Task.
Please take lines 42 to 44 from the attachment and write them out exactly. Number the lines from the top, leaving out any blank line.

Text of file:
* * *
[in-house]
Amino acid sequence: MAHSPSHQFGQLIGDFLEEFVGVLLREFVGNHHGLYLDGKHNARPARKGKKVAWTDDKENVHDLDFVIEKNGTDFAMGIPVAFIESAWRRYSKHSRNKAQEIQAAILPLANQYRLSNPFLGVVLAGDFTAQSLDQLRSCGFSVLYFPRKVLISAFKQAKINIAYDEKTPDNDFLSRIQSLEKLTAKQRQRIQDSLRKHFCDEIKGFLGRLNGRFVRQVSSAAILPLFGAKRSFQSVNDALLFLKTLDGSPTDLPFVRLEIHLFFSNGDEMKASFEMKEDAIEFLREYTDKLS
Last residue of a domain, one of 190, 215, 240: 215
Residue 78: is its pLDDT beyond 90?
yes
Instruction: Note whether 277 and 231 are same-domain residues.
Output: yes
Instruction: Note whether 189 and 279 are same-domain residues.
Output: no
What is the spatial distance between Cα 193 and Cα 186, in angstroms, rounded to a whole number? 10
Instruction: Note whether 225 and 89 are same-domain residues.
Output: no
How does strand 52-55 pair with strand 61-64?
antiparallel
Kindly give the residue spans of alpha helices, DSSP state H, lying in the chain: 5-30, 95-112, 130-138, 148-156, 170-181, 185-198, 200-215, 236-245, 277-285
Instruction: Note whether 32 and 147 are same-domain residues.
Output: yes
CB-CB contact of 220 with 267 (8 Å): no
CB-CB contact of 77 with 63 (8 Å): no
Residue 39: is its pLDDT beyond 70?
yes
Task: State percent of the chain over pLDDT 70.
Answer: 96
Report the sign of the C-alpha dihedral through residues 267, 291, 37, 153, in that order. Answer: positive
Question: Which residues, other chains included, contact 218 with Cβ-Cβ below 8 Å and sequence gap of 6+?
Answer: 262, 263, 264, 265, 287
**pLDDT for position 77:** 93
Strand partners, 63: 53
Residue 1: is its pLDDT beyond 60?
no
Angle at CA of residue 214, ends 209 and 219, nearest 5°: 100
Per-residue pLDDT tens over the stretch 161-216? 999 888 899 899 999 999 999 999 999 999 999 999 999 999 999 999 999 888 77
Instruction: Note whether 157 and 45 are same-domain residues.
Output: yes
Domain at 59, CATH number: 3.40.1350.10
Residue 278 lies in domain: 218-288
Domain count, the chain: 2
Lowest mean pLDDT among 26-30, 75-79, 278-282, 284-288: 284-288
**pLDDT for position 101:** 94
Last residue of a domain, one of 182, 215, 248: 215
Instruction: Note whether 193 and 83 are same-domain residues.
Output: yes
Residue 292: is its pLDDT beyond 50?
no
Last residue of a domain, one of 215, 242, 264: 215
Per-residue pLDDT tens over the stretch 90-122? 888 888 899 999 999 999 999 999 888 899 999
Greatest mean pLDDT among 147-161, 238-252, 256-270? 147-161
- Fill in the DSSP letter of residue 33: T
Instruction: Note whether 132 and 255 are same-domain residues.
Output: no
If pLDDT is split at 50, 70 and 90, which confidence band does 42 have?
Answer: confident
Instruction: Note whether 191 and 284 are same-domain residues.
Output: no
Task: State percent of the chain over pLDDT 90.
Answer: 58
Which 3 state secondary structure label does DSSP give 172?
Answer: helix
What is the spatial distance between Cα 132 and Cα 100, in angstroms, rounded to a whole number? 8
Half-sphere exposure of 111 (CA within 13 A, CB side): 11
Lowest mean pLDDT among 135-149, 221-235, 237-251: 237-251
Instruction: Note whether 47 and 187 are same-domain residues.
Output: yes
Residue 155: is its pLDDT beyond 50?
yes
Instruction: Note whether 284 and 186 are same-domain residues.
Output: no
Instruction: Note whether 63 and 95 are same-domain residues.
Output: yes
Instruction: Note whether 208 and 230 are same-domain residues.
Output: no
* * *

Output: yes
Residue 292: is its pLDDT beyond 50?
no